Iran Nuclear Talks Extended After Negotiators Clinch Key Concession

Iran Nuclear Talks in Vienna
Siamek Ebrahimi—Anadolu Agency/Getty Images From left: U.S. National Security Council Senior Director for Iran, Iraq, Syria and the Gulf States Robert Malley, U.S. Secretary of Energy Ernest Moniz, U.S. Secretary of State John Kerry, U.S. Under Secretary for Political Affairs Wendy Sherman, E.U. deputy foreign policy chief Helga Schmid, Iranian Deputy Foreign Minister Abbas Araghchi, Iranian Atomic Energy chief Ali Akbar Salehi, Iranian Foreign Minister Mohammad Javad Zarif, Iranian President Hassan Rouhani's brother Hossein Fereydoun and Iranian Deputy Foreign Minister Majid Takht Ravanchi attend the Iran nuclear talks at a hotel in Vienna, Austria on June 30, 2015.

With a decrease in Iran's uranium stockpile, the final agreement has been extended to July 7

(VIENNA) — Iran has complied with a key condition of ongoing nuclear talks by significantly reducing its stockpile of enriched uranium that could be used for atomic weapons, diplomats said Tuesday. Its failure to do so would have severely undermined the U.S. and other powers trying to clinch a long-term nuclear accord with Tehran over the next several days.

The news came as the State Department announced the extension of an interim nuclear agreement that was set to expire Tuesday night, the original deadline for a final deal. The preliminary measures have been prolonged to July 7 “to allow more time for negotiations to reach a long-term solution … on the Iran nuclear issue,” spokeswoman Marie Harf said.?

Uranium can be used to generate energy, or as the fissile core of a nuclear weapon, depending on its enrichment level. Under a preliminary deal reached in November 2013, Iran agreed to cap its stockpile of lower-enriched uranium at a little more than 7.6 tons and transform any remainder into a form that experts say would be difficult to reconvert for arms use.

Although amounts were permitted to fluctuate, Iran had to fully comply by Tuesday. And as of only a month ago, the U.N. nuclear agency reported its stockpile at more than 8 tons, leading to fears that it would not meet the target.

Iran’s compliance will be officially made public Wednesday in a new report by the Vienna-based International Atomic Energy Agency, the diplomats said. It will show that Tehran met the requirement to render harmless any additional uranium it has enriched over the last 20 months, thus taking its stockpile back to an acceptable level. The diplomats spoke on condition of anonymity because they weren’t authorized to speak publicly on the still confidential report.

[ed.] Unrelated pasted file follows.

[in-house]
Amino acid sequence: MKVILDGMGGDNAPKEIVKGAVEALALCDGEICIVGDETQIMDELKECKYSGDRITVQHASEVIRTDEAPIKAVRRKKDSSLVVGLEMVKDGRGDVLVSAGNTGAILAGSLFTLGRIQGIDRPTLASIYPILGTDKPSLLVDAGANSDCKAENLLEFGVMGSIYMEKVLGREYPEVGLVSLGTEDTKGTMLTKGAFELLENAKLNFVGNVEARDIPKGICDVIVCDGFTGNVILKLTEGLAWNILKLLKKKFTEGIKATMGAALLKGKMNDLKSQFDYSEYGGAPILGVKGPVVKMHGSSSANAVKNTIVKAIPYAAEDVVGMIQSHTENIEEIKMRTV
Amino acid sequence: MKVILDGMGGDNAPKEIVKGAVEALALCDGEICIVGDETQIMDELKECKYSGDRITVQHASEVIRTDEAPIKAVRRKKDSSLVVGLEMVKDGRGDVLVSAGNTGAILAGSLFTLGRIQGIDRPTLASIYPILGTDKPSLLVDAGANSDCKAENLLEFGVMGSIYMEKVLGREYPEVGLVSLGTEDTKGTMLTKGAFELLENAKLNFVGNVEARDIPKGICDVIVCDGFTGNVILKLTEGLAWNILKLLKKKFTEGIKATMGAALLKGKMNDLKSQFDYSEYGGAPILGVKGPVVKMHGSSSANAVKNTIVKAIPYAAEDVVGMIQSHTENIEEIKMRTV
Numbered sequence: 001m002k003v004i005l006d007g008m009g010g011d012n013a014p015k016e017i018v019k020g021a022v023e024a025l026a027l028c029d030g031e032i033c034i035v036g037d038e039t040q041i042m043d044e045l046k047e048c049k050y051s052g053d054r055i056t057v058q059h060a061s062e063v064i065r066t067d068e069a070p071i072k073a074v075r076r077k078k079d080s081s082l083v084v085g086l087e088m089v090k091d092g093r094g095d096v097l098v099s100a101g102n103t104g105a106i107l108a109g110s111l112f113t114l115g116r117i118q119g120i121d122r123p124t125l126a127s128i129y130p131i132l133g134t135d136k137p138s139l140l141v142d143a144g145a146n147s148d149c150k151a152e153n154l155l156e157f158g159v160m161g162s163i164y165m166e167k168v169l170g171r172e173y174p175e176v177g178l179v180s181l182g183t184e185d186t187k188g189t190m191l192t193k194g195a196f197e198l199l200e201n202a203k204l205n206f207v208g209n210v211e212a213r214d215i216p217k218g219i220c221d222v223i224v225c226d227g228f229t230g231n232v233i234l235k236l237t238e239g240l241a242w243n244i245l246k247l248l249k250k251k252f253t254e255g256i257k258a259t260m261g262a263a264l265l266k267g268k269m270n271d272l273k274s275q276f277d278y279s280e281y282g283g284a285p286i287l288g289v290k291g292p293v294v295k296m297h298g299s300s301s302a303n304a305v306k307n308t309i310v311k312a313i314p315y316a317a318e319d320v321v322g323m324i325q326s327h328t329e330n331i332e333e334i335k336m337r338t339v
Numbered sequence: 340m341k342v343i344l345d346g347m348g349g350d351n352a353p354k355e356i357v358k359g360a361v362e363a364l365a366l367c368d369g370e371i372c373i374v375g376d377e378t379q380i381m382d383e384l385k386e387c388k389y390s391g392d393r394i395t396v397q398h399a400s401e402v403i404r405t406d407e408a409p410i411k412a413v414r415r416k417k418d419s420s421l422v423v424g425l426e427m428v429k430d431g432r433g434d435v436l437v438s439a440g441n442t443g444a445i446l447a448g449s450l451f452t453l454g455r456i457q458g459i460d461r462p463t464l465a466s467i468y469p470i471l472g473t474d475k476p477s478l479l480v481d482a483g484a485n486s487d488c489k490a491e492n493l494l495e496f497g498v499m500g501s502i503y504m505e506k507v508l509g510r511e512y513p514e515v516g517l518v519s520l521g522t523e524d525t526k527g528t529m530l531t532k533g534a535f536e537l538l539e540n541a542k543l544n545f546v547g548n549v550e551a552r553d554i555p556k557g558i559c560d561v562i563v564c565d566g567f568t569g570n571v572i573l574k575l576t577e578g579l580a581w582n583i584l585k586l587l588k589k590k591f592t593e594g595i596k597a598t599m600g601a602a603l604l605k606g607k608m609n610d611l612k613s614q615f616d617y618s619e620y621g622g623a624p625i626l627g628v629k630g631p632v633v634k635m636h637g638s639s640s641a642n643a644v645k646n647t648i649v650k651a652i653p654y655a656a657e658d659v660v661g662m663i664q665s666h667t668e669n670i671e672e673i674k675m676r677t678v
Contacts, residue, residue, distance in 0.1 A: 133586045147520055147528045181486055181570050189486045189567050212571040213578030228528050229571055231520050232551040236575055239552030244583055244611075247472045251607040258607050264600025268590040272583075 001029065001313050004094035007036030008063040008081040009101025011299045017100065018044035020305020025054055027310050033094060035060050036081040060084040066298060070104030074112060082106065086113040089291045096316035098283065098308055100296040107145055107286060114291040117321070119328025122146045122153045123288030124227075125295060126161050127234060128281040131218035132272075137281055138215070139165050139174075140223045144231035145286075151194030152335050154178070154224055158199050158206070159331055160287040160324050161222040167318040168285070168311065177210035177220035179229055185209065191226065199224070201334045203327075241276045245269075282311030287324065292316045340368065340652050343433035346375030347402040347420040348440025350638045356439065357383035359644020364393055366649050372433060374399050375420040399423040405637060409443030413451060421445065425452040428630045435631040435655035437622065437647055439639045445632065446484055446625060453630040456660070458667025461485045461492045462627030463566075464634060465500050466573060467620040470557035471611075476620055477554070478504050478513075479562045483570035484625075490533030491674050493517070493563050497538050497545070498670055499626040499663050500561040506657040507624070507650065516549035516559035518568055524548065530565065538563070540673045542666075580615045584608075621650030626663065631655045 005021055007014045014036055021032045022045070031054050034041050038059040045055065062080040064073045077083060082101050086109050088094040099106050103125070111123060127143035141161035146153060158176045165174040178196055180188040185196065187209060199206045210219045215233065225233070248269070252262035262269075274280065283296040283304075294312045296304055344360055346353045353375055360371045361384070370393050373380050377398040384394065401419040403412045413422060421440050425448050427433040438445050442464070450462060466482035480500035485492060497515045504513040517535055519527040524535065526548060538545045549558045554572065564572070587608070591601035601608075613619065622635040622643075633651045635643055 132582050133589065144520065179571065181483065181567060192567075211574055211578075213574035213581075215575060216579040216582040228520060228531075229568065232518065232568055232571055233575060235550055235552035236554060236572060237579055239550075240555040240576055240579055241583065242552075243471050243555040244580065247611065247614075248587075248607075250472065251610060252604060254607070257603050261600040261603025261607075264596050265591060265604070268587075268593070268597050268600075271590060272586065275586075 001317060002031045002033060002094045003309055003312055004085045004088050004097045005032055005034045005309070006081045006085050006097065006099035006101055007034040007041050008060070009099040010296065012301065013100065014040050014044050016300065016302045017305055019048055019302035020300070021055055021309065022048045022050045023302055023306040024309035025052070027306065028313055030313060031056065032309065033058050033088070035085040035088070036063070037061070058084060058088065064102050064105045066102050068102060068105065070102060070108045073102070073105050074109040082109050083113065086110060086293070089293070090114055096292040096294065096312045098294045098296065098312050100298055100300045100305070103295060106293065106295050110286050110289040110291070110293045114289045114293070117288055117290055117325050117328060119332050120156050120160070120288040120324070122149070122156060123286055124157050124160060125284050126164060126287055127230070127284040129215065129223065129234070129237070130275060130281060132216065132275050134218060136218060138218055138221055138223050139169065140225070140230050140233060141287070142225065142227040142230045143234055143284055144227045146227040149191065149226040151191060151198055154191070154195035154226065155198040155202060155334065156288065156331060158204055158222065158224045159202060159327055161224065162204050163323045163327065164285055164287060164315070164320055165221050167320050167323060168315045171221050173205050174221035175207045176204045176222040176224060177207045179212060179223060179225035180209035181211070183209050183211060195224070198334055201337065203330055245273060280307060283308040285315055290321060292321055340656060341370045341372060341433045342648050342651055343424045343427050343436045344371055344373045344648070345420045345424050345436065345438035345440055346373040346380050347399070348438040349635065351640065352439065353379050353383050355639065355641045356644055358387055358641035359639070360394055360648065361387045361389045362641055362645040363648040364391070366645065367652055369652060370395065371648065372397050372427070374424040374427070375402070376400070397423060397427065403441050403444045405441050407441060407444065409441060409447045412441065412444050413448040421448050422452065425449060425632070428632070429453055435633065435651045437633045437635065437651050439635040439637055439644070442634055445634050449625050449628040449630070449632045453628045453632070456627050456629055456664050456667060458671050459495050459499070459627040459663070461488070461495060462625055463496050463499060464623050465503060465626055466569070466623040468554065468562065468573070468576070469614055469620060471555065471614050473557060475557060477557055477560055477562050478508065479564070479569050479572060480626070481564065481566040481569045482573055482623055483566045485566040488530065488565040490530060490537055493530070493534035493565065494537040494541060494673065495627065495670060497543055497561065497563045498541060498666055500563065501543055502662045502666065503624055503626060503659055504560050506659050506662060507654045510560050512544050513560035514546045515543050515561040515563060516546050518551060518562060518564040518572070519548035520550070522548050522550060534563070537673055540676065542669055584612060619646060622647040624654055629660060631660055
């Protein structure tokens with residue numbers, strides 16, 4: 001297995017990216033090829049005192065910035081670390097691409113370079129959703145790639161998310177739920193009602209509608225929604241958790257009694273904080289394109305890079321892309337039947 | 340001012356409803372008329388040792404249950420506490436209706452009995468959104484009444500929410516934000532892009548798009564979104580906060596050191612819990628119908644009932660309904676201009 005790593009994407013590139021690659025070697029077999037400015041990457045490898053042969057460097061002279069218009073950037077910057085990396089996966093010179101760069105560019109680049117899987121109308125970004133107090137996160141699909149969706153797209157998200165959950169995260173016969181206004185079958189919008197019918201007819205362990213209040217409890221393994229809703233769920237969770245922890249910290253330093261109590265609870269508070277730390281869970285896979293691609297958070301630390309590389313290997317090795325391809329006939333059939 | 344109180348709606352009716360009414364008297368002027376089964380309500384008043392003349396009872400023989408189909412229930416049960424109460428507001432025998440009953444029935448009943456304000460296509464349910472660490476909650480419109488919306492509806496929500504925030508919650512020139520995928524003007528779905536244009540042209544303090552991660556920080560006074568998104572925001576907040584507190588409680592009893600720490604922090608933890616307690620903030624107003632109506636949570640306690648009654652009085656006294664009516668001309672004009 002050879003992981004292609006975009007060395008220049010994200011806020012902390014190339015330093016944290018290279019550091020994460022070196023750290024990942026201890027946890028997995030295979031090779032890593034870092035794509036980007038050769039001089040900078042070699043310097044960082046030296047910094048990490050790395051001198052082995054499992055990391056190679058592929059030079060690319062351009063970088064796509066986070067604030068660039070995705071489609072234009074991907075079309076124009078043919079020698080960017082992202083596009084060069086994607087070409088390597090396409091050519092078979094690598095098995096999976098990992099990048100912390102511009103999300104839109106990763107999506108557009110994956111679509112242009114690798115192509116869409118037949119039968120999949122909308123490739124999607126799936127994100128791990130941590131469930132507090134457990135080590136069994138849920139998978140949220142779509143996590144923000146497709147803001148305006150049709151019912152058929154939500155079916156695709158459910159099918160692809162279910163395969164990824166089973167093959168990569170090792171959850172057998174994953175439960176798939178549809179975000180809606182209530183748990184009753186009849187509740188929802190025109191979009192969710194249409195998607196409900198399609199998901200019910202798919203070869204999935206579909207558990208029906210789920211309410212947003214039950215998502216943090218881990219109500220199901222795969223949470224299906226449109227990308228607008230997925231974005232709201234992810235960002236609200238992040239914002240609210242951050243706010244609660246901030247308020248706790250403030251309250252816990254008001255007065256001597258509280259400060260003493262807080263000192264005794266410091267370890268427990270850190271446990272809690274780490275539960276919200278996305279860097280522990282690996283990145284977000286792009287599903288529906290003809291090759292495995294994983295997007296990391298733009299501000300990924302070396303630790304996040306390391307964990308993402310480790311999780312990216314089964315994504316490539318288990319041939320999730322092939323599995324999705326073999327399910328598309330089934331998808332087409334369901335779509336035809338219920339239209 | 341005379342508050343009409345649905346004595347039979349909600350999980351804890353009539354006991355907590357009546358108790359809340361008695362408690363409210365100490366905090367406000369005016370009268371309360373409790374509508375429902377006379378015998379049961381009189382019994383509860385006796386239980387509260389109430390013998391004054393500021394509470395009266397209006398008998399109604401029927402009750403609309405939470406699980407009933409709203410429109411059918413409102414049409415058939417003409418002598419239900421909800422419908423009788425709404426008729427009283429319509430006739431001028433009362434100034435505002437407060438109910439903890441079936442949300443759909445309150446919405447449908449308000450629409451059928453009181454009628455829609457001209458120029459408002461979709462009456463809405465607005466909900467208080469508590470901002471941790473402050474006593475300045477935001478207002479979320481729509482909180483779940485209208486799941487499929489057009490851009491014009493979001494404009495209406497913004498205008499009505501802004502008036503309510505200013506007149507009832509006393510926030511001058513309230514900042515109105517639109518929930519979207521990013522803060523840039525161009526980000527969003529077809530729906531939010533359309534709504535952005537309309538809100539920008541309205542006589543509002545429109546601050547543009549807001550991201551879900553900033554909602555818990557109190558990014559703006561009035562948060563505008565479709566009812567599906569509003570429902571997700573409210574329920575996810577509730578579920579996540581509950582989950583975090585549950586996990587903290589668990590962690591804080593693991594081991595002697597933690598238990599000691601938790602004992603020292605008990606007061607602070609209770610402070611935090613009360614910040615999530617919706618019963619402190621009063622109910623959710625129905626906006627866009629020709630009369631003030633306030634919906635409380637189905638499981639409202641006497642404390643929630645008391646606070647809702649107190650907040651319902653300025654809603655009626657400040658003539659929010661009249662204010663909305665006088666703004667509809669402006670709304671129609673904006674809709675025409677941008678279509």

Talks in Austria’s capital restarted Tuesday after a one-day interruption, with Iran’s chief diplomat returning from Tehran and insisting he had a mandate to finalize a nuclear agreement. The promise came despite increased signs of backtracking by his country’s supreme leader and an acknowledgement by all sides that no pact would be reached by their self-imposed deadline.

The diplomacy has reached a “very sensitive stage” but progress is possible, Foreign Minister Mohammad Javad Zarif said. Asked by a reporter about his day of meetings at home, he said: “I already had a mandate to negotiate and I am here to get a final deal and I think we can.” He then continued discussions with U.S. Secretary of State John Kerry.

Zarif returned with Ali Akbar Salehi, the head of Iran’s atomic agency, who had missed earlier sessions due to illness, an indication of Iran’s desire to accelerate talks. Russian Foreign Minister Sergey Lavrov joined the gathering later Tuesday.

The negotiators hope to clinch an accord curbing Iran’s nuclear program for a decade in exchange for tens of billions of dollars in relief from international economic sanctions. But significant disagreements persist, not least over the level of inspections on Iranian sites, how quickly the West will roll back sanctions, and what types of research and development Iran will be permitted to conduct on advanced nuclear technology.

On Monday, U.S. officials suggested that backsliding by Tehran’s negotiators may need several more days to resolve. In recent weeks, as well, Ayatollah Ali Khamenei has issued a series of red lines that appear to renege on a framework for a deal his representatives agreed to three months ago in Lausanne, Switzerland.

Asked if he was encouraged by the restart of talks, Kerry said only, “We had a good conversation.” The secretary of state, hobbled by a broken leg he suffered a month ago, has kept a low public profile since arriving in Austria last week.

Tuesday had originally been envisioned as the culmination of a 20-month process to assure the world Iran cannot produce nuclear weapons and provide the Iranian people a path of out of years of international isolation. But officials said over the weekend they were nowhere near a final accord, and Zarif flew back to his capital for further consultations.

The U.S., France and Iran have said there is no new target date for a deal, but that another in a series of long-term extensions wasn’t being contemplated. American officials say the talks will likely stretch through the end of the week, possibly longer.